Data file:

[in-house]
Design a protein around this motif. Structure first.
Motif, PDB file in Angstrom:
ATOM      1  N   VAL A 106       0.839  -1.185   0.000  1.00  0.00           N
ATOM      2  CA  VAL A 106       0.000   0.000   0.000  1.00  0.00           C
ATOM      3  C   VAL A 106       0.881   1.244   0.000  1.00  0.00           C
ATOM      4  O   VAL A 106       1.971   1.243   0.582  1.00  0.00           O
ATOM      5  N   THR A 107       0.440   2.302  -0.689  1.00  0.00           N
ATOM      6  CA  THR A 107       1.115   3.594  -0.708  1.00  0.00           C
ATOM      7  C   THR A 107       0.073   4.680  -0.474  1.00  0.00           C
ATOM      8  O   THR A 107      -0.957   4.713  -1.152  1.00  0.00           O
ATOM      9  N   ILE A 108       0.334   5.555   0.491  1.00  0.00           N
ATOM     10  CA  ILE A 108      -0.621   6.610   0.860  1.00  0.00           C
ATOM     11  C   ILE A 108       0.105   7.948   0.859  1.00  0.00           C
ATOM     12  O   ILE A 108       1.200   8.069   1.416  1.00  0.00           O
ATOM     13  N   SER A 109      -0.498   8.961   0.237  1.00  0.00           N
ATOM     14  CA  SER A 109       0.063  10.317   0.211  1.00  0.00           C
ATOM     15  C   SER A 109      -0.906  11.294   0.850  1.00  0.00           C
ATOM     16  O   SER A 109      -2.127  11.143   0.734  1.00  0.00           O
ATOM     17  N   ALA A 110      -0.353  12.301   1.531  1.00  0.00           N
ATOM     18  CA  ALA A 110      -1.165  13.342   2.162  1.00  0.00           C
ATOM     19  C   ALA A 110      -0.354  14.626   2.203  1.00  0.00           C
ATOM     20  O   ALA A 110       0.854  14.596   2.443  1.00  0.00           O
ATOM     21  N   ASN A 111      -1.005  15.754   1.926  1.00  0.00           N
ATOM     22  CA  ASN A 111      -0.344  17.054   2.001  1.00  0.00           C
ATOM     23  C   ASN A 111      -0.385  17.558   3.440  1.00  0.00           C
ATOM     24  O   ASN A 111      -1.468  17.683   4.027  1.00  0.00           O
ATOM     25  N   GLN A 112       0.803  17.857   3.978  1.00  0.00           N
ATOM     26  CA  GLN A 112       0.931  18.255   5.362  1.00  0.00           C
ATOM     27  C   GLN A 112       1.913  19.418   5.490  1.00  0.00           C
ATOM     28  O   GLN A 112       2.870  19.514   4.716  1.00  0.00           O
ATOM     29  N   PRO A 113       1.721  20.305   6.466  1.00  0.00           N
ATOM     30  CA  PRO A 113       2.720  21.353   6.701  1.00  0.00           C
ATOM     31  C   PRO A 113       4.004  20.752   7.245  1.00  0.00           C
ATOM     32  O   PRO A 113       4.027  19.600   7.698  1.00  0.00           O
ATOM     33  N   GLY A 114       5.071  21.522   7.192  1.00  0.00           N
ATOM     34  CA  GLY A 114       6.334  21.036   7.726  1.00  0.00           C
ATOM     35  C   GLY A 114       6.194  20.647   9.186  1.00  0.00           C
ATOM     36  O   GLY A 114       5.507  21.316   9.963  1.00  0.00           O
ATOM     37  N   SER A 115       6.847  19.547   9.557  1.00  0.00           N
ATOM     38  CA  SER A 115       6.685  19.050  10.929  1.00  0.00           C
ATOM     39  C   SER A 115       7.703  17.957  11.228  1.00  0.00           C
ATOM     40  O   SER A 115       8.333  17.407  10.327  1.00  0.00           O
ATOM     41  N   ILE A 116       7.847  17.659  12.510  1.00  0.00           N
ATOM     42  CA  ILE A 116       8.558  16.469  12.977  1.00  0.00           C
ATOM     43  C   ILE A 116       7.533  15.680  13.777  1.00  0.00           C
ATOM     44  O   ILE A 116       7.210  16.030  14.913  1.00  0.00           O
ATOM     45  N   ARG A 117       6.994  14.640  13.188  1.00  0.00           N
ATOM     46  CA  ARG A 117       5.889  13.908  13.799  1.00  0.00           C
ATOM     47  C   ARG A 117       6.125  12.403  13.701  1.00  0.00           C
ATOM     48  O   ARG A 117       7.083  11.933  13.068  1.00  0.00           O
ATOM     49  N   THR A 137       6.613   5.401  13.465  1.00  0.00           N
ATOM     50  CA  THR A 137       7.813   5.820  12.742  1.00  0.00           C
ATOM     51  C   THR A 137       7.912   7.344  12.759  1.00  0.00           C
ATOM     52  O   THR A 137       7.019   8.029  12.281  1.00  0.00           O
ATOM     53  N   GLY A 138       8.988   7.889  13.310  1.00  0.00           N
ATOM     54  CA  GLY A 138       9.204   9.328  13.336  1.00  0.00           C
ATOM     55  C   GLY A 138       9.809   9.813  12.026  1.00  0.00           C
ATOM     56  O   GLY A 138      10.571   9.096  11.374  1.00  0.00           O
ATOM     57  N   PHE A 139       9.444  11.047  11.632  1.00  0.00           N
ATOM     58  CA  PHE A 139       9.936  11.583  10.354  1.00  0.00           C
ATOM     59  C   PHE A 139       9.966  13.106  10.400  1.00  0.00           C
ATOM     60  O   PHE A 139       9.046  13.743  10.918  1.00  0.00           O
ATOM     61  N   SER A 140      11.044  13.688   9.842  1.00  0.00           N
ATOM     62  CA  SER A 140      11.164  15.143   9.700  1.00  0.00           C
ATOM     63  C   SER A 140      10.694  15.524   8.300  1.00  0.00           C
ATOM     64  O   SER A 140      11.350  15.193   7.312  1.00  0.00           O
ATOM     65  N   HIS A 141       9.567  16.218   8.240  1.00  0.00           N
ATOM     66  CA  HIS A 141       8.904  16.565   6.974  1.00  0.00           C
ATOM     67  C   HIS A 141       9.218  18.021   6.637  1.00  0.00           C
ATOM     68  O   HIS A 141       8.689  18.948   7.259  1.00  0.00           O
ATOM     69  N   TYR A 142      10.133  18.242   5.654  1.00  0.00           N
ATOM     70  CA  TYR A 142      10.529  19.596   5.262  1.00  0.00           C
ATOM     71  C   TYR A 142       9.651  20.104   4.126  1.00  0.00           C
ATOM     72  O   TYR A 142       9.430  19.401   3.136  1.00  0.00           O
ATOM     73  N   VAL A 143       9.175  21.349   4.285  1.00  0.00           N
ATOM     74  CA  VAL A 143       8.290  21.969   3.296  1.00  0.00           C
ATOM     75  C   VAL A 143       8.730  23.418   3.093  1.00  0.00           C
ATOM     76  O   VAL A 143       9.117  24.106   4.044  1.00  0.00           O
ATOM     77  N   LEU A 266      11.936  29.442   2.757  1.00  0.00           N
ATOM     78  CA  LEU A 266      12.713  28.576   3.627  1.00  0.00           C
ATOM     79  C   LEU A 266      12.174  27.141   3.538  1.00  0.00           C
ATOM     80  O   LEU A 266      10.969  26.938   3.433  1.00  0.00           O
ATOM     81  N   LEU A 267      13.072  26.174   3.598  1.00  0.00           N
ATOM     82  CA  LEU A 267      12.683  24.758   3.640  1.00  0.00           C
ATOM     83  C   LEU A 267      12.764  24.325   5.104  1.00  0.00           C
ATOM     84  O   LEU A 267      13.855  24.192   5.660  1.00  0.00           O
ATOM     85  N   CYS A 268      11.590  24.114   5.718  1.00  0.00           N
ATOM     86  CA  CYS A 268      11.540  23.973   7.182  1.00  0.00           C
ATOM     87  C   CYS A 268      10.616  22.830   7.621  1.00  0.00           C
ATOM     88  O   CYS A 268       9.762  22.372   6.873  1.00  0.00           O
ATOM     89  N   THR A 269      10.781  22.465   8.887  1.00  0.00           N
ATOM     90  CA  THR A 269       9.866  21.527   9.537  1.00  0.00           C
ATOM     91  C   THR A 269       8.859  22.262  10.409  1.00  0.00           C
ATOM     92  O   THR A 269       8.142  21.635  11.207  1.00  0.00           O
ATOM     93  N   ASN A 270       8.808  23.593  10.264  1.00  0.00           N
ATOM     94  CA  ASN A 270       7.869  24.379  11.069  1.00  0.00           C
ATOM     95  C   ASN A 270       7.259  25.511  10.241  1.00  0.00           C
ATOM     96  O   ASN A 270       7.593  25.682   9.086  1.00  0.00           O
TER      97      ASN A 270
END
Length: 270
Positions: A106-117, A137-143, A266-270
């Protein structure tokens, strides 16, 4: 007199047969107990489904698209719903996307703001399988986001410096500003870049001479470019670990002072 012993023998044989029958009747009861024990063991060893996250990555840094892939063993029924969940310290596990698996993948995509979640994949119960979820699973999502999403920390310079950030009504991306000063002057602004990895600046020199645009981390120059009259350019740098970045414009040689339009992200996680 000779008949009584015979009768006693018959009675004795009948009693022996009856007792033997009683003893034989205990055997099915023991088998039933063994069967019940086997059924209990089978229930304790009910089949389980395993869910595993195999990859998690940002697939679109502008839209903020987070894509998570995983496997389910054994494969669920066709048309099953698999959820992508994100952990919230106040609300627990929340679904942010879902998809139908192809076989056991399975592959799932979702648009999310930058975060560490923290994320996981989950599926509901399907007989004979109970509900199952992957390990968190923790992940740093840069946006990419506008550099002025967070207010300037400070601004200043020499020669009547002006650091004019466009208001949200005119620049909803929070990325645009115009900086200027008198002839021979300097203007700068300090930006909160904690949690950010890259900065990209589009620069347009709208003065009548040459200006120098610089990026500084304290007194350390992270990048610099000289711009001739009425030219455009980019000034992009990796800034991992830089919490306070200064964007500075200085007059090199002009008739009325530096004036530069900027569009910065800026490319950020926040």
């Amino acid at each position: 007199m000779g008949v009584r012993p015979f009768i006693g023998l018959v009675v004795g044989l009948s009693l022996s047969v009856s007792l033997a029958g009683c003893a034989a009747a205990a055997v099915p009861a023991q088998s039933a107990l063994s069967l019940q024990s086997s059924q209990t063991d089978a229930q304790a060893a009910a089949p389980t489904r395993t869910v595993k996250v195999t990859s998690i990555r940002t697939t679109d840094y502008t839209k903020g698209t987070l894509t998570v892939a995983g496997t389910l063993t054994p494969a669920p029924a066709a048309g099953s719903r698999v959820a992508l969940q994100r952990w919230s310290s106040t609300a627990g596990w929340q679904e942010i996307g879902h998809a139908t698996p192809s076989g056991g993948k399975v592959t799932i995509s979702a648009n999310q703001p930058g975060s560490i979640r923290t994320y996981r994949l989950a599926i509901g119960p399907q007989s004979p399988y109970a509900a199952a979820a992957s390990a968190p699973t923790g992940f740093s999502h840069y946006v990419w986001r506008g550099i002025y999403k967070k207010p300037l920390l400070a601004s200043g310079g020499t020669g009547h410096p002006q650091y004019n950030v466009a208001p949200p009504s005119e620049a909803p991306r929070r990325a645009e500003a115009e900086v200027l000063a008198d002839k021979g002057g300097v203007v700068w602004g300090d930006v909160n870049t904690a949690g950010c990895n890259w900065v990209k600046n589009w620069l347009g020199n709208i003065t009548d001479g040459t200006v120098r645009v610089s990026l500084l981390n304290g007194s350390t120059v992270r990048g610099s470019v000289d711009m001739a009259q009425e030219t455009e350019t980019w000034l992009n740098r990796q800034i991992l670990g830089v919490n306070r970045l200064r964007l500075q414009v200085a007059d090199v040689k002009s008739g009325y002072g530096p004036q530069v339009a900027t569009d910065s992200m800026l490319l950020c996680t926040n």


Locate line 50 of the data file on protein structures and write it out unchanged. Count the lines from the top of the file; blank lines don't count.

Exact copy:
ATOM     47  C   ARG A 117       6.125  12.403  13.701  1.00  0.00           C